Sam Falzone

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About Sam Falzone

  • Rank
    Senior Member

Profile Information

  • Gender
    Male
  • Location
    Hamilton. Ontario.
  • Interests
    Viking history/re-enactment, blacksmithing, woodworking, wood carving, jewelry-making (silver), stained glass.

Converted

  • Location
    Hamilton, Ontario. Canada
  • Biography
    -hobbyist blacksmith, elemenatry school teacher
  • Interests
    SCA, blacksmithing, woodworking, cooking, axe and knife throwing, Viking history/re-enactment
  • Occupation
    Teacher

Recent Profile Visitors

9,305 profile views
  1. Thanks. Hi Frosty ... life's been busy. I know I've been neglecting IFI ... I've missed it, but time has been a scarce commodity lately. Hopefully things will quiet down soon.
  2. Greetings all ... it's been a while since I've posted last. I remember a few years back, someone had posted a list about the different types of steel you could find on a car or in a junkyard. I'm having trouble finding it on this new site format (looks great by the way). Could someone help me locate it? Thanks.
  3. Andy and Frosty have the right of it. Blacksmithing is not about swinging the heaviest hammer - it's about swinging the hammer weight that you can control comfortably and still get the job done. It's ignorant and inconsiderate comments from smiths like that guy in the original post that discourage a lot of young smiths or convince them to swing hammers way outside their comfort zone causing them to do considerate damage to themselves - both short term and long term. We need to teach better than this. Sam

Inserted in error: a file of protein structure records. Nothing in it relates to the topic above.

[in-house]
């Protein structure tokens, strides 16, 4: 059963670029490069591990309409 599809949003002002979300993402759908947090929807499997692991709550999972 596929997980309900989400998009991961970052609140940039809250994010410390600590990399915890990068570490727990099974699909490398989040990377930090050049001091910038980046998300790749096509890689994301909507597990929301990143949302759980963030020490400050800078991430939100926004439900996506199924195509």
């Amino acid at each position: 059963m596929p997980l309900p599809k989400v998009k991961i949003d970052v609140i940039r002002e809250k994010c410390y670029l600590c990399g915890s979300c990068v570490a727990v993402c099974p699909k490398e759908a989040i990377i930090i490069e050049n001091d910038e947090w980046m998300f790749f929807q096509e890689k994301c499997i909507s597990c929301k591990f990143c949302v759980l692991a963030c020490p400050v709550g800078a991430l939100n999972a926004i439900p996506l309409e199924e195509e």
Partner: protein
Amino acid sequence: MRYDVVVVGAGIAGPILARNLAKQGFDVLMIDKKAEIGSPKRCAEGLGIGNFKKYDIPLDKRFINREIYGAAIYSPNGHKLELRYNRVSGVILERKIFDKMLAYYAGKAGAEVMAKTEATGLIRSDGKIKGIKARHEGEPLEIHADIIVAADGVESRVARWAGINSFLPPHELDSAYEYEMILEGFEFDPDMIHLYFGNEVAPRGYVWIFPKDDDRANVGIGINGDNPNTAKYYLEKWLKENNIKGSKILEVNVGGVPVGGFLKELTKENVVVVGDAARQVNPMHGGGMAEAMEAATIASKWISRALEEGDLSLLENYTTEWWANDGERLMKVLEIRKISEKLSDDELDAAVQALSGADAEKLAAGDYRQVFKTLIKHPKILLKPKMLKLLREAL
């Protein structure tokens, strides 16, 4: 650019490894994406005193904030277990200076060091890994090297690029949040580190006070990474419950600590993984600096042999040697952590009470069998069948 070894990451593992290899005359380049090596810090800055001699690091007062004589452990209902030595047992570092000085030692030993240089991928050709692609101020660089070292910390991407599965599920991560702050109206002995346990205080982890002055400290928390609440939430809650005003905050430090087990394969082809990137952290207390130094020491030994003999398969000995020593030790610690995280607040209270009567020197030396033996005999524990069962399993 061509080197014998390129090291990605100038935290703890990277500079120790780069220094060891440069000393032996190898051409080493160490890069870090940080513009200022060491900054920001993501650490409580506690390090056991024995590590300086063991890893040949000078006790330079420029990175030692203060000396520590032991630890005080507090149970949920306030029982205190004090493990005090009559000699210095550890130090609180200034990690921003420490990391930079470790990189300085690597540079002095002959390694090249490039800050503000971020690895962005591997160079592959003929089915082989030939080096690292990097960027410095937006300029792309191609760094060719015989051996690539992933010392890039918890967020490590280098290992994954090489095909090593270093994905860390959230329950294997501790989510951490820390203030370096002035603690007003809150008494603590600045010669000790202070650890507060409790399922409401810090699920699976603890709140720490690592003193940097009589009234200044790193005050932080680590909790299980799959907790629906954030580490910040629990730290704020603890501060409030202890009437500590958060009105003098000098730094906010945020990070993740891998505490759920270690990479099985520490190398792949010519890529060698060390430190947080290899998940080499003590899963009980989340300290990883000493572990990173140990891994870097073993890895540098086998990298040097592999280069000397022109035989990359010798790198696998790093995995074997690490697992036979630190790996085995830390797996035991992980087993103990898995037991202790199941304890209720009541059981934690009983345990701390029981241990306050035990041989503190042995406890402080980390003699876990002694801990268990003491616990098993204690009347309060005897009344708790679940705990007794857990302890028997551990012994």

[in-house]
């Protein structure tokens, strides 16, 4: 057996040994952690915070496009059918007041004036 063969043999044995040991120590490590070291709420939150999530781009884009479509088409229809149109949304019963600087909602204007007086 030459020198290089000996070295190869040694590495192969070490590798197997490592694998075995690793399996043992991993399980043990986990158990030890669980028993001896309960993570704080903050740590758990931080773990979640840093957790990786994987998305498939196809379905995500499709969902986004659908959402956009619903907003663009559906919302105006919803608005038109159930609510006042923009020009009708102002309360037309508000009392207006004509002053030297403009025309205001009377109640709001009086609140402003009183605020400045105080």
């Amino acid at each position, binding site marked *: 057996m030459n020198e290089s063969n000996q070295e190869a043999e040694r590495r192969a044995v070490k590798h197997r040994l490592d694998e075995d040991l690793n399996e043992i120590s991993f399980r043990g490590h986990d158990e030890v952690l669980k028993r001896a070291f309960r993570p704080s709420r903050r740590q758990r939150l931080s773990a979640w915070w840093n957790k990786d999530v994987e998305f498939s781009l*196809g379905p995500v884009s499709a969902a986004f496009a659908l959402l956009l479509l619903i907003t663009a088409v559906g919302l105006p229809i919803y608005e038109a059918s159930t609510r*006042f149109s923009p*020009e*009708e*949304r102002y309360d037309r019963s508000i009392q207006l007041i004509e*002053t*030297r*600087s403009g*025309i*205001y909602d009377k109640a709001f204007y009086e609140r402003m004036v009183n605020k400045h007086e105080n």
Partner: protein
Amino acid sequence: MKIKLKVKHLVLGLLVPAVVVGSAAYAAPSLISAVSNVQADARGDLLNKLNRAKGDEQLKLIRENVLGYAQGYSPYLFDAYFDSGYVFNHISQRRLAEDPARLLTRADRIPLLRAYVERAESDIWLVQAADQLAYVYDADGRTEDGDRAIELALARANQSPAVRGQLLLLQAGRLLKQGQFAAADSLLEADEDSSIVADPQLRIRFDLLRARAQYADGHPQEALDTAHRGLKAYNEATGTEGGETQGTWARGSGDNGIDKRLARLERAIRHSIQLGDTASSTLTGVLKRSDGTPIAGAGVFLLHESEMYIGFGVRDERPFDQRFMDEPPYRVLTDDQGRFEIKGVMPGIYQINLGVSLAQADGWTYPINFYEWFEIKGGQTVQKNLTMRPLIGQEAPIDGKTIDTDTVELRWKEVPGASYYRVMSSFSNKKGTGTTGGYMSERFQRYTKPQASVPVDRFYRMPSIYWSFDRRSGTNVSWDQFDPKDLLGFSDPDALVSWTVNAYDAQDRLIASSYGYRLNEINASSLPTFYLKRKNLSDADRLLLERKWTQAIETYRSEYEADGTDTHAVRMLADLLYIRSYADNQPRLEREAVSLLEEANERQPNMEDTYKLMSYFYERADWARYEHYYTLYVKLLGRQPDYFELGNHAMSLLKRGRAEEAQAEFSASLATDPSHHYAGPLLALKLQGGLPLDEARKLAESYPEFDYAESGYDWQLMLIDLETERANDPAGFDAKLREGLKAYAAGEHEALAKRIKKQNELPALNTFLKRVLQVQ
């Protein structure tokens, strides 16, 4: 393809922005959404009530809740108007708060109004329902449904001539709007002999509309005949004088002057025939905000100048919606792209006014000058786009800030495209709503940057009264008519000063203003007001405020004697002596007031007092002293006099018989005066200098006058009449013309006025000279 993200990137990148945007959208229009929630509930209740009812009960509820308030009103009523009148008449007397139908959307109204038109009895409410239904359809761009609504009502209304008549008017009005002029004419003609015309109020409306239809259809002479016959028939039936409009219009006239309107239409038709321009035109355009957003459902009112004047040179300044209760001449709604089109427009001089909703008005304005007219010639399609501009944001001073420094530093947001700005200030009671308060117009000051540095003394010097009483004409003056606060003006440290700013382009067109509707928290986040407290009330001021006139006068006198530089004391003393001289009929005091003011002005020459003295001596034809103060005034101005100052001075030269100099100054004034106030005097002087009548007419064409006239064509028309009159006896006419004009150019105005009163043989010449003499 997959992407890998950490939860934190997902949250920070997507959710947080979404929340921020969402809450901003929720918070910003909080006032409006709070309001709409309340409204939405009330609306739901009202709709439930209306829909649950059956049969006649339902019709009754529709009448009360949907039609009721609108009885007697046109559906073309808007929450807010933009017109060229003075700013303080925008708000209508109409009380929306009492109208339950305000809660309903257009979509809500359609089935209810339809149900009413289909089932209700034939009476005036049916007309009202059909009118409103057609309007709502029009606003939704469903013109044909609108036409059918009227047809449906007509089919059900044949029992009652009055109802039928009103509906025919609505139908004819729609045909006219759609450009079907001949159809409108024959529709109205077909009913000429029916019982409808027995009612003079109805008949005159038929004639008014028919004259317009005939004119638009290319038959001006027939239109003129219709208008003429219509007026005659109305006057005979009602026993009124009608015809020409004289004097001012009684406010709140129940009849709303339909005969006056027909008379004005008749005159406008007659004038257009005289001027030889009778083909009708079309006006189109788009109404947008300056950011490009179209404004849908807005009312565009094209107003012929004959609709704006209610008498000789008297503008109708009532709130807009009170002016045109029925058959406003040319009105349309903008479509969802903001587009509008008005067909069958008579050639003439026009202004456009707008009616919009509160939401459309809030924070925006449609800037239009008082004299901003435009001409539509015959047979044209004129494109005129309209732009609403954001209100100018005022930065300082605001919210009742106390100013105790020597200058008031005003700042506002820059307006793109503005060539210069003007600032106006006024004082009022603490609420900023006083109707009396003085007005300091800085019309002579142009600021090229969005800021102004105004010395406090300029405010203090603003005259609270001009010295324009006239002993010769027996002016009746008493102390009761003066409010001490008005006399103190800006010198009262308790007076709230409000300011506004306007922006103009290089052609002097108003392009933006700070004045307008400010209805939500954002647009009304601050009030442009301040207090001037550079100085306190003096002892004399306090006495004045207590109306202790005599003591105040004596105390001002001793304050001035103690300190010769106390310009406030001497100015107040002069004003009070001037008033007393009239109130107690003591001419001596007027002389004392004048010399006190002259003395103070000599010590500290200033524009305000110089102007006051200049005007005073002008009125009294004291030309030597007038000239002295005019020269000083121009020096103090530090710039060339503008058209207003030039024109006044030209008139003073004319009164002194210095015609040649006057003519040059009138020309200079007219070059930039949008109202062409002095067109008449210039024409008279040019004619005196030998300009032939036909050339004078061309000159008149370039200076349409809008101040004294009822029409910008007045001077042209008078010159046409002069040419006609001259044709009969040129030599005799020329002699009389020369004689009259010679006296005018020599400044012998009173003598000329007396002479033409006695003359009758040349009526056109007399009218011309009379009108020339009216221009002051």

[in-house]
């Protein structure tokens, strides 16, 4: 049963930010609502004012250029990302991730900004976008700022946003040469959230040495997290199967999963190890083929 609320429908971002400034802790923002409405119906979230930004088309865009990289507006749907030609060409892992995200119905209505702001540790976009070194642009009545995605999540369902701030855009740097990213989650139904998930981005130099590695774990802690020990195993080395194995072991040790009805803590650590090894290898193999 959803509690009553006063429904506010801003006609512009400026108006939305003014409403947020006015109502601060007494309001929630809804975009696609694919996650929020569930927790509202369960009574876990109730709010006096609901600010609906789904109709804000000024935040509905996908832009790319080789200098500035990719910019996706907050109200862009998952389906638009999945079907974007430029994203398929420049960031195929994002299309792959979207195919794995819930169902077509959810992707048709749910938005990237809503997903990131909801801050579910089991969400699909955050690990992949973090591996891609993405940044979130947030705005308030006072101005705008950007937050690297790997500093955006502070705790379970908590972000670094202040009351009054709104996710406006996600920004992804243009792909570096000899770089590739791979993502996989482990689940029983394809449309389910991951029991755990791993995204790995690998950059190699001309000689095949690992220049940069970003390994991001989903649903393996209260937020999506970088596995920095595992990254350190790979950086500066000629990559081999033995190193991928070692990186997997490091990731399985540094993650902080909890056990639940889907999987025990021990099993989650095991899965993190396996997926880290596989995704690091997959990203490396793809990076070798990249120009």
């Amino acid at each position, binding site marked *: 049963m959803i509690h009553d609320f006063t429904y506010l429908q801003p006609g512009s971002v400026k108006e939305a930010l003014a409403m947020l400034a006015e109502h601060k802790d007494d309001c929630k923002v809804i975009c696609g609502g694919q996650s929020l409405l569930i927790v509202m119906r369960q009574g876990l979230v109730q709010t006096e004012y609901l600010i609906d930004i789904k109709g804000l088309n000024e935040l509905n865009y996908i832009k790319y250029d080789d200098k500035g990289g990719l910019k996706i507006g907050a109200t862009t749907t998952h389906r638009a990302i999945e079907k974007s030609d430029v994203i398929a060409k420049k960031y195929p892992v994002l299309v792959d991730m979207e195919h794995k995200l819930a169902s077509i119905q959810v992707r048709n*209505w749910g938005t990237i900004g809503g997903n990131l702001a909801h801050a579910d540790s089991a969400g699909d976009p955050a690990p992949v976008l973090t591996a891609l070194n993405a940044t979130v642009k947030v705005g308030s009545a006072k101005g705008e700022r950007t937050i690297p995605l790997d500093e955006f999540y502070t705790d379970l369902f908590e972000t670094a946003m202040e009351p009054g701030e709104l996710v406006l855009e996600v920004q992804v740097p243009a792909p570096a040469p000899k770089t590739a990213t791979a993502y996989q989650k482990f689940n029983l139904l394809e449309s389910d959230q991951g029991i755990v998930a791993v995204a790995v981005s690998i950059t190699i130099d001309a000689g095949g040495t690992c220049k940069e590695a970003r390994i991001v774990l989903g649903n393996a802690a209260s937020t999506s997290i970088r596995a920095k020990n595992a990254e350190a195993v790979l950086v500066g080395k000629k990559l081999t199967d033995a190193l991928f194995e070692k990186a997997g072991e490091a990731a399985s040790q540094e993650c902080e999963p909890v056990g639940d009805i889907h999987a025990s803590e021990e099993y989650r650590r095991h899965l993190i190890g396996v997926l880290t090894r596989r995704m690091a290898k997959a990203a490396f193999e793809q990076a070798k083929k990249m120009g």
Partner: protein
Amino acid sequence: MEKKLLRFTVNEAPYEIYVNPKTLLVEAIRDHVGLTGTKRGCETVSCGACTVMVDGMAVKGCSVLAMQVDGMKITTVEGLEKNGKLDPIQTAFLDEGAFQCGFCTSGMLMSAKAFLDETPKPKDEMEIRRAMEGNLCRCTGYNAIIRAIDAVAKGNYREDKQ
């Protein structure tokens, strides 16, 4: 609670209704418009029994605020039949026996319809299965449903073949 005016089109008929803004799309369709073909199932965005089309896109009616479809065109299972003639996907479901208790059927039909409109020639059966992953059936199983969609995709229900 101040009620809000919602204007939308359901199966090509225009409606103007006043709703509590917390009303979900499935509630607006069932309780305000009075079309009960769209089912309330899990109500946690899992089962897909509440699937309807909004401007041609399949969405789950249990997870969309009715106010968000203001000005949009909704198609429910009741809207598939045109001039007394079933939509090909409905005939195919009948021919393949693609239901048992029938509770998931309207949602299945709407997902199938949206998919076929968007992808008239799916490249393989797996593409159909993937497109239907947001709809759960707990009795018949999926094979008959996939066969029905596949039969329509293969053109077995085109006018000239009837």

4. WOW!!! I can't believe someone actually said something like that. This is an open forum and everyone has the right to voice their opinion - but that crosses the line. I mean, sure, I've disagreed with things Thomas has said before, and I may have even been the recipient of a less than flattering comment, but no one has the right to tell anyone else to shut-up (except maybe the moderators in a way). Thomas I have always appreciated your knowledge and skills in the art of blacksmithing. Please keep it up.
  5. What do you get when you have 2 blacksmiths who are professionally teachers and who have that same March. Break? A week-long blacksmiths playdate. I'm currently sitting in the Buffalo Airport waiting for my flight to Minnesota to go visit Danr (Dan from Irontree Works) to spend the week collaborating on a project. Best March Break Ever!!! Have I ever mentioned how much I love my wife?
  6. The only thing I've heard of in smithing that mentions using graphite is in some lubricant recipes for slitting and drifting. Sam
  7. Thanks to everyone for your kind words and warm welcome back. I realize now how much I've missed this place. Today has been another good day. Did more much needed clean-up in my outbuilding (which will be my smithy). Moved stuff around and got everything in place, ready to move a lower rolling cabinet to my basement for my silver-work bench. However the cold and my aching back forced me back inside the house, so I'll move that cabinet and finish setting up my silver-bench tomorrow. I've also set up an old 13" tv and dvd player in my basement workspace for those long work sessions. I'm excited about how things are coming together. Cheers all and thanks again. Sam